More violent weather pounded the middle of the country Wednesday as powerful storms swept through several states, killing at least 15 people in Arkansas, Oklahoma and Kansas.
Meanwhile, in Joplin, Mo. -- the city hardest hit by a massive EF-5 tornado on Sunday -- the number of the dead keeps rising. Officials say 125 people were killed by the storm.
Tornado after tornado plowed through the nation's Midwest, like one southwest of Oklahoma City.
The Oklahoma twister was caught on video tearing up Jeremiah Morrison's truck. He was in the cab when the funnel hit and believes he was miraculously saved.
"I closed my eyes, pulled my hands over my face. I felt bouncing around in the cab. Pretty sure I went out the passenger side window and landed on the ground," Morrison said.
"After seeing the video, somebody was dang sure keeping me alive, I guess," he added.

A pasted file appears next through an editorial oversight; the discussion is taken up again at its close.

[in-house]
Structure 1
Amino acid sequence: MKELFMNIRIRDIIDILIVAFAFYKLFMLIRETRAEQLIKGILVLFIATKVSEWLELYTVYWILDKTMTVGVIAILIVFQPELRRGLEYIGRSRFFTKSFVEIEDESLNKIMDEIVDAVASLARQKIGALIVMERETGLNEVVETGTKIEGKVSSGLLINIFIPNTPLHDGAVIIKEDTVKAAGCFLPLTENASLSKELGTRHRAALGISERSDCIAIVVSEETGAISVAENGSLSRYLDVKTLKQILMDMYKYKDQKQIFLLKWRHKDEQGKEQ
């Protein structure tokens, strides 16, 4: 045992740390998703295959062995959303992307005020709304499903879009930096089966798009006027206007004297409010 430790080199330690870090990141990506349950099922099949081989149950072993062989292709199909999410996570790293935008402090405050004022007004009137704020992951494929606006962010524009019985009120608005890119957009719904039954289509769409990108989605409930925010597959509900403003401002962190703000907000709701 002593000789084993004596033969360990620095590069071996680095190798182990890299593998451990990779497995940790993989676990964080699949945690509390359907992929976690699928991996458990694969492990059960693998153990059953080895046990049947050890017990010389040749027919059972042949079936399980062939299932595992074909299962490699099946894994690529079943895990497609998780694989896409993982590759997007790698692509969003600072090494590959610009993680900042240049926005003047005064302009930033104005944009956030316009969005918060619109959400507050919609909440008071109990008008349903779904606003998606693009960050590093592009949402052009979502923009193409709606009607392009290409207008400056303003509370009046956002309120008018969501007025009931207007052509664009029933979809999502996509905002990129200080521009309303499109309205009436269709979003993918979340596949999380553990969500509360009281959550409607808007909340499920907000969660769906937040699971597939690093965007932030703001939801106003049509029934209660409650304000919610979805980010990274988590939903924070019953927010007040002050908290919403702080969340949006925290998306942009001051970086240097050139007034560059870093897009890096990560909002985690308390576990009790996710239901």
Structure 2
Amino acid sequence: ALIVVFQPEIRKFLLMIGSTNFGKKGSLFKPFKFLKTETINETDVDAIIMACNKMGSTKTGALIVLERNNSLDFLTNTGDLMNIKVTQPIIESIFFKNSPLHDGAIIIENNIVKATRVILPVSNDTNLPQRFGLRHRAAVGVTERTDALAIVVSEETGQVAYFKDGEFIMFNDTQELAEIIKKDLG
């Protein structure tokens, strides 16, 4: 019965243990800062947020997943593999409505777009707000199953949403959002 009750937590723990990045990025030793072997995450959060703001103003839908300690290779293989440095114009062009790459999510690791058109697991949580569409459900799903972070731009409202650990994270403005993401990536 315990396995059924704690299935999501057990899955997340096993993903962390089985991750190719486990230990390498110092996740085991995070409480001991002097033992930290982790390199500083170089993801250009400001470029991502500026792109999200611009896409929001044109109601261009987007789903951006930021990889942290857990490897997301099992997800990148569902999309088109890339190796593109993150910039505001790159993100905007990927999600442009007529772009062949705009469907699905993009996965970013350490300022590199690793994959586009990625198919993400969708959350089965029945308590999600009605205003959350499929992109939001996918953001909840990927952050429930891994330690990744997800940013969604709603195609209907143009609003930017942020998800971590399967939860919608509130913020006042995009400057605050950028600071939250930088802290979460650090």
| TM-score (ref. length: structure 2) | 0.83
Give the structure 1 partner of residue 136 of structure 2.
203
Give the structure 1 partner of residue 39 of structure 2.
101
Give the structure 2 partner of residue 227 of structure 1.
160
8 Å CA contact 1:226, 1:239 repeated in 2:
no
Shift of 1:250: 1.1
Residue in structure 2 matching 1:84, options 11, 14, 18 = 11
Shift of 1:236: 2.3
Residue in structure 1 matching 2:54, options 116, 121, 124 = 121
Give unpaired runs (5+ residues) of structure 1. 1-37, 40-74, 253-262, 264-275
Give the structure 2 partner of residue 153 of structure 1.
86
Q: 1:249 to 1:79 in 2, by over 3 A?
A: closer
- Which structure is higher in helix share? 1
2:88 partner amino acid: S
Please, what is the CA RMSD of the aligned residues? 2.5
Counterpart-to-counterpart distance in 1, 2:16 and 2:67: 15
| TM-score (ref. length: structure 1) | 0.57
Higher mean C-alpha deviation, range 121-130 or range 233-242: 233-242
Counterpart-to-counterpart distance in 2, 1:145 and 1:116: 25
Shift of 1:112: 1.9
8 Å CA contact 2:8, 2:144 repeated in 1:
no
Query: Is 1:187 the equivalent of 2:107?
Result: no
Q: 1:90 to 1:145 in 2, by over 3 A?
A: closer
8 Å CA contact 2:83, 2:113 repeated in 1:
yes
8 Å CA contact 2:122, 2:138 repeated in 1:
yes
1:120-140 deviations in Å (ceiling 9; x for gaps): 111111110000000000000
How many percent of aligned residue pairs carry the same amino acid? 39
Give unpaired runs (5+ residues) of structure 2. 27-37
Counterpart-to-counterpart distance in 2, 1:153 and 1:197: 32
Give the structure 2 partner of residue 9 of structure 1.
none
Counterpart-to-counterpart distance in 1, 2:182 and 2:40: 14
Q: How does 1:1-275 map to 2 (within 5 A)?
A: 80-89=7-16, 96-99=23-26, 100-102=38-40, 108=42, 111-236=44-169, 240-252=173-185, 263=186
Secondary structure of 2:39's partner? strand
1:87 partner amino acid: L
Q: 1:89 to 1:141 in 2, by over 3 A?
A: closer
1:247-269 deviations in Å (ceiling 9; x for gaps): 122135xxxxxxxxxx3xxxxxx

In Arkansas, at least four people died when a tornado struck with little advanced warning.
A tornado in Kansas lifted Dan Goff's truck like a plastic bag blowing in the wind.
"It felt like I was in a sardine can just being crushed," he said.
A state trooper witnessed the frightening incident.
"I'm not sure what happened," Goff said he told the trooper.
"I am," the trooper replied. "I watched it. A tornado just flipped your truck over."
"Well, that's what it felt like," Goff said.
Meanwhile in Joplin, four days after a half mile-wide funnel cloud touched down and wiped out most of the small southwestern Missouri city, the search continues for survivors and any items still salvageable.
Residents are trying to focus on the positive.
"You know, it was just a miracle that I came through this, my son and I. My son pushed me in the bathroom hallway and laid on top of me, and then I heard the windows busting and a lot of the wind just moving us back and forth," Anita Stokes said.
CBN's Operation Blessing International is in Joplin, helping residents with basic needs and starting the rebuilding process.